NACOGDOCHES, Texas – Stephen F. Austin State University’s Sound Recording Technology program has caught the eye of Audinate, the global leader of professional digital audio networking, for SRT’s cutting-edge use of Audinate’s Dante platform.
Audinate showcased SFA’s use of Dante in a recent industry article touting the platform’s innovative capabilities. The article has been picked up and distributed by multiple media outlets and read by thousands of industry professionals.
SRT director James Adams, assistant professor in SFA’s School of Music and director of the SRT program, has been integrating Audinate’s Dante across multiple studios and stages on the SFA campus for the past two years. Recruited out of Los Angeles to come to SFA in 2016, Adams said he reconnected in 2018 with West Coast studios he knew there, and that’s when the conversion began.
“I was looking for a high-quality and cost-effective replacement to a piece of audio equipment in our studio,” Adams said. “Through my research and discussions with colleagues in the industry, I became aware of a product that satisfied my then-immediate needs while offering modular expansion abilities for the future: Focusrite Red Net equipment (a Dante enable product). That is how it all began. The Red Net products satisfied our needs at the time and opened up a world of possibilities that we were not aware of. Fast forward to today, and we are continuing to discover new, innovative ways to deliver instruction, operate productions and record music.”
The Audinate article defined Dante as “the de facto standard for digital audio networking, and distributes hundreds of uncompressed, multi-channel digital audio via standard Ethernet networks, with near-zero latency and perfect synchronization.” Dante allows audio, control and all other data to coexist effectively on the same network.
During the campus integration of Dante, Adams not only wanted to enhance university technology, he also wanted to heighten instructional offerings at SFA, a goal that was initially achieved through a large-scale test with one of the university’s major jazz productions.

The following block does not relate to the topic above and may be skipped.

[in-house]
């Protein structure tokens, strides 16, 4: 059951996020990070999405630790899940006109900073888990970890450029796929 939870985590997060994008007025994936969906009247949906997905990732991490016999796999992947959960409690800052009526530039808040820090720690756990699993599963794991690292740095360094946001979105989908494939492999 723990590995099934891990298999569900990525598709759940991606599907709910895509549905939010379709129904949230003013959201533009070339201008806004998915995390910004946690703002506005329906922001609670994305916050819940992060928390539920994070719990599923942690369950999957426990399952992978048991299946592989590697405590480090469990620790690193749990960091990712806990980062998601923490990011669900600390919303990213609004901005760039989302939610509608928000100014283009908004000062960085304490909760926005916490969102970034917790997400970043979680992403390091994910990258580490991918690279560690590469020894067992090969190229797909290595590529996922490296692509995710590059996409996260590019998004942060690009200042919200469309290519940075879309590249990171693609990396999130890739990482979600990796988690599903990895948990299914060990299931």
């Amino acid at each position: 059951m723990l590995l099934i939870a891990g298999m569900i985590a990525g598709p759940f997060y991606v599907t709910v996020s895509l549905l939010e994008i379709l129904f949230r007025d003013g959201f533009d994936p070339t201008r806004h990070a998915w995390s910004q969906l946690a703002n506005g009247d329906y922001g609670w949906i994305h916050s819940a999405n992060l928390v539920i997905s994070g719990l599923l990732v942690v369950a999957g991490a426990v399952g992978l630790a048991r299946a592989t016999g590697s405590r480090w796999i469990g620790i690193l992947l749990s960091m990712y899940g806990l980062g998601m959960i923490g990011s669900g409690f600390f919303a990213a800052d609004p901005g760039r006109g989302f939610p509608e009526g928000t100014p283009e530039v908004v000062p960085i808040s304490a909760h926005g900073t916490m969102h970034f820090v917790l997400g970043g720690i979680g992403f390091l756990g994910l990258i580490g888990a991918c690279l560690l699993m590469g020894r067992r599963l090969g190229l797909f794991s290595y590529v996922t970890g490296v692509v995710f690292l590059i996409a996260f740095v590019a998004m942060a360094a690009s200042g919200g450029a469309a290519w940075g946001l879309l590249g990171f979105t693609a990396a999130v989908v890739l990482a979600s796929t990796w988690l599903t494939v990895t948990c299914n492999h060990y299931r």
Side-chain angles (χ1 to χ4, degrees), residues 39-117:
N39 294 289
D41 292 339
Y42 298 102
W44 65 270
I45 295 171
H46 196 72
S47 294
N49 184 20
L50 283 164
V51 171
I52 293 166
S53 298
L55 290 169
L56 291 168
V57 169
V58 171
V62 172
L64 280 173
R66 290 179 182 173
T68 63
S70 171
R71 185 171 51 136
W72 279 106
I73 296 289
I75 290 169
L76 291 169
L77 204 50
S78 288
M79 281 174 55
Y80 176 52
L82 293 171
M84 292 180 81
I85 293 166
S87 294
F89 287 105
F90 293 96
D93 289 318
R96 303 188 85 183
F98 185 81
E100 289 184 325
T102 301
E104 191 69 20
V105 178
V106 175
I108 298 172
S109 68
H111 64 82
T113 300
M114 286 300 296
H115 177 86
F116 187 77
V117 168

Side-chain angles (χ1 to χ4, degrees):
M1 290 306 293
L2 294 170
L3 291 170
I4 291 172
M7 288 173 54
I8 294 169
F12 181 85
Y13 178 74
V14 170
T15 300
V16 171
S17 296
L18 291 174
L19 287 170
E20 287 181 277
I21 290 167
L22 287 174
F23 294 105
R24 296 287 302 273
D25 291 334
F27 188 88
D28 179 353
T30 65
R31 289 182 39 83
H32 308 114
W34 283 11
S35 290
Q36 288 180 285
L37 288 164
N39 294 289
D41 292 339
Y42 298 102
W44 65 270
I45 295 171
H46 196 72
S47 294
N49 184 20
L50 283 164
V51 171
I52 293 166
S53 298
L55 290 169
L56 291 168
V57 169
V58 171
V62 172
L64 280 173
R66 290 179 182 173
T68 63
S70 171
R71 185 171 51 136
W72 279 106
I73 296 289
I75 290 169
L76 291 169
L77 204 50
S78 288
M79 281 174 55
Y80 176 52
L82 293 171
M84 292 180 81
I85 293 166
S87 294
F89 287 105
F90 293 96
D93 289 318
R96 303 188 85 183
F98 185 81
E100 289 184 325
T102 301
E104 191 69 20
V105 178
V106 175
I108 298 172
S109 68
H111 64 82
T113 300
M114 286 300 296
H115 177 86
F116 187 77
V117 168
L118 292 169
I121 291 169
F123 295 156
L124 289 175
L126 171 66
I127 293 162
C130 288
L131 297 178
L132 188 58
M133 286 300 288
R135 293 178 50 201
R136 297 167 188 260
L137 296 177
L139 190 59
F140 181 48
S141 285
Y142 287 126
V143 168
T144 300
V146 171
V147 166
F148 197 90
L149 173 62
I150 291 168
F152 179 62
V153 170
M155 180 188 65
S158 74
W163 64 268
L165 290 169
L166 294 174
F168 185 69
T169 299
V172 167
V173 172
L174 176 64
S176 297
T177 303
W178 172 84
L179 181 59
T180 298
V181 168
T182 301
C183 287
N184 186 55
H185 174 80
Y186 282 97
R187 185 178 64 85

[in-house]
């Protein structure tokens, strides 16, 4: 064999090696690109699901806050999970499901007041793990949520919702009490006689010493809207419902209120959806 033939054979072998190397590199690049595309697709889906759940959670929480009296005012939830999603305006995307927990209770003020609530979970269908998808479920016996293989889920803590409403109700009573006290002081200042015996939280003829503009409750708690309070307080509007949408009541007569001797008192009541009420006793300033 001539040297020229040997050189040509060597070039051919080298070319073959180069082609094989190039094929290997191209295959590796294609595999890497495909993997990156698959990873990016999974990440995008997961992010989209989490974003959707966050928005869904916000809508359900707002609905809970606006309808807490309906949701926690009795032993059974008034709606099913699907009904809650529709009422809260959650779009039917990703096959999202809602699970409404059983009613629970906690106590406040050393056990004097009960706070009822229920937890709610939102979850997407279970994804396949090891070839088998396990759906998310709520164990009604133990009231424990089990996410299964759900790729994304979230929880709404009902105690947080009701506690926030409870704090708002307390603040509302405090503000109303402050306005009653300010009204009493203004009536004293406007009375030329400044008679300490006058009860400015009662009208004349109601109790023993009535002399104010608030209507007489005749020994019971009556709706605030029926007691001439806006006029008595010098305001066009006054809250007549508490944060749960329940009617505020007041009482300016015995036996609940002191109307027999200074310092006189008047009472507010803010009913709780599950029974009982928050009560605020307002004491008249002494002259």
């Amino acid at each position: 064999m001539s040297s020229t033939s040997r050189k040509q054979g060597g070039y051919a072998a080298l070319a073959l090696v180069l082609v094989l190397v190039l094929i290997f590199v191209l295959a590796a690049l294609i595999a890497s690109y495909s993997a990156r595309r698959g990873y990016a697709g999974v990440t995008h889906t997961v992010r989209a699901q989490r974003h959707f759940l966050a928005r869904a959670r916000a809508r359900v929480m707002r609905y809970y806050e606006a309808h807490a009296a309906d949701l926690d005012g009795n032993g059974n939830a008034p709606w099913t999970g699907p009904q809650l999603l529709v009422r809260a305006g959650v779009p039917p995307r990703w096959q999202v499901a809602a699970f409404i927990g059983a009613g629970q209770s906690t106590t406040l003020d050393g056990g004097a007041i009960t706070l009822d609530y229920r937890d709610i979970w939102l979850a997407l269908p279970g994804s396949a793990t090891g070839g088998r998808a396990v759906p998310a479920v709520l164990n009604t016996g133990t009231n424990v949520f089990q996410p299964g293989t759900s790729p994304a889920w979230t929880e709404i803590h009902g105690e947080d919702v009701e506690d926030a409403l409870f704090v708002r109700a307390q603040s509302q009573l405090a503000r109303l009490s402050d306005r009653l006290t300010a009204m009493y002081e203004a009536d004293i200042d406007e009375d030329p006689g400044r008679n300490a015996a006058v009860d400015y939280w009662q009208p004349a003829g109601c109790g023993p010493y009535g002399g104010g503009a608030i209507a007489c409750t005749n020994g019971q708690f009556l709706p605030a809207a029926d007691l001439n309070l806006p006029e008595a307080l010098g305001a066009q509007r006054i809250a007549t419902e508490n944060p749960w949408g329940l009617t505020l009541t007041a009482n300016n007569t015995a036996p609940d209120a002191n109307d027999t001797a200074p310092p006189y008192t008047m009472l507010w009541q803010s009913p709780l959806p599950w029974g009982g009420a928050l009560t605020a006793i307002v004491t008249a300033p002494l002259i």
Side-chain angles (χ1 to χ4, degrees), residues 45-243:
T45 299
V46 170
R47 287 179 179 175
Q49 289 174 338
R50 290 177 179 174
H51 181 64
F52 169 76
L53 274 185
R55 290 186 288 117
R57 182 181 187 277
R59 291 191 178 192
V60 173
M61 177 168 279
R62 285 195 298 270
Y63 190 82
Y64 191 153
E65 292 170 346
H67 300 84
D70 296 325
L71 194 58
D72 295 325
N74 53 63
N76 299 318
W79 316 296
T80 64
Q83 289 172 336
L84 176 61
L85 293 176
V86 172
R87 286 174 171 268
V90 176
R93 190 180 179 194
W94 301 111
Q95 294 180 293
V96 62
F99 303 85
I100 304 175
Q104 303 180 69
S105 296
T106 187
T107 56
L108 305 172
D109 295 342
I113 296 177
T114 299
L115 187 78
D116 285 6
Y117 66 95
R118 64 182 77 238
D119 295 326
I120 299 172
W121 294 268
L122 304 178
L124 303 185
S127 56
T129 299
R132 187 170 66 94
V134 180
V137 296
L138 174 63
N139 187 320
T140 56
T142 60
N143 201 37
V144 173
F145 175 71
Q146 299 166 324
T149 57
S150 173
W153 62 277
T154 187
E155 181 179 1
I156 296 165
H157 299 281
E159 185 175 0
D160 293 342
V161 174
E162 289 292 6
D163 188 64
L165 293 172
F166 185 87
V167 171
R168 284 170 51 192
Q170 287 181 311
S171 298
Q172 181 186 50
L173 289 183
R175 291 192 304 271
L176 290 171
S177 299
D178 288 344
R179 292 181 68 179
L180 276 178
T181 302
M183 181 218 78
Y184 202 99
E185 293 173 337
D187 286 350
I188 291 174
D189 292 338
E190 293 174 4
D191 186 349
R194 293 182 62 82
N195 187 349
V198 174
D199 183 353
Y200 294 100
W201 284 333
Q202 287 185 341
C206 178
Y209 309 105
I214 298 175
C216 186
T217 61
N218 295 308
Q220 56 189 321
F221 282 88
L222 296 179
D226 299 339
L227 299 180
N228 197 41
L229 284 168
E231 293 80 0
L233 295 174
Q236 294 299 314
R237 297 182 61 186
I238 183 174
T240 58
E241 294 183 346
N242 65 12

“The traditional workflow for the performance was your standard front-of-house endeavor,” Adams was quoted in the Audinate article. “It worked, but it wasn’t flexible, and it wouldn’t allow us to get additional technologies or students involved.” By converting to a Dante-backed audio-over-IP system, Adams was able to significantly alter the workflow so multiple students were actively engaging with the production – allowing for more hands-on educational components and a more robust digital production, the article explained.
In addition to the publicity being a feather in SRT’s cap, the article is proving to be a great recruiting tool, said Adams, who has recently become a Dante Certification Instructor. Beginning in the spring, SRT will incorporate Dante certification into the curriculum and will begin certifying students. Knowing how to incorporate Dante capabilities into studios will give SFA SRT graduates an edge in the job market, Adams added.
“Students already learn Dante to operate our studio, and now we will be able to get them formal certifications,” Adams said. “With this, students’ employment qualifications in our industry are further elevated. I hope that they can see our level of dedication to overcoming traditional technological barriers to deliver an elevated educational experience.”
Student response to Dante has been enthusiastic, according to Adams.
“They think it is magic, and to be honest, it is,” he said. “Proper operation of the technology requires specialized training. Once students make it over the initial phase of intimidation – there are a lot of buttons and it can be overwhelming when first wrapping your head around it – they all have the ‘Ah Ha!’ moment.”
The Audinate article further demonstrates to prospective employers that SFA's SRT program is at the forefront of recording arts technology and education.
“Knowledge of networked audio is growing in demand among employers in the music and production industries,” Adams said. “If potential employers read this article, they will learn that our students are gaining very advanced, in-depth experience with Dante operations and music production.”
“This technology is being adopted throughout the music industry because of its cost efficiency, reliability, and flexible, ease of use,” he added. “Our students are being trained in the operations of Dante and similar technologies which further expands their marketable skills.”
For more information about the Sound Recording Technology program at SFA, contact Adams at firstname.lastname@example.org.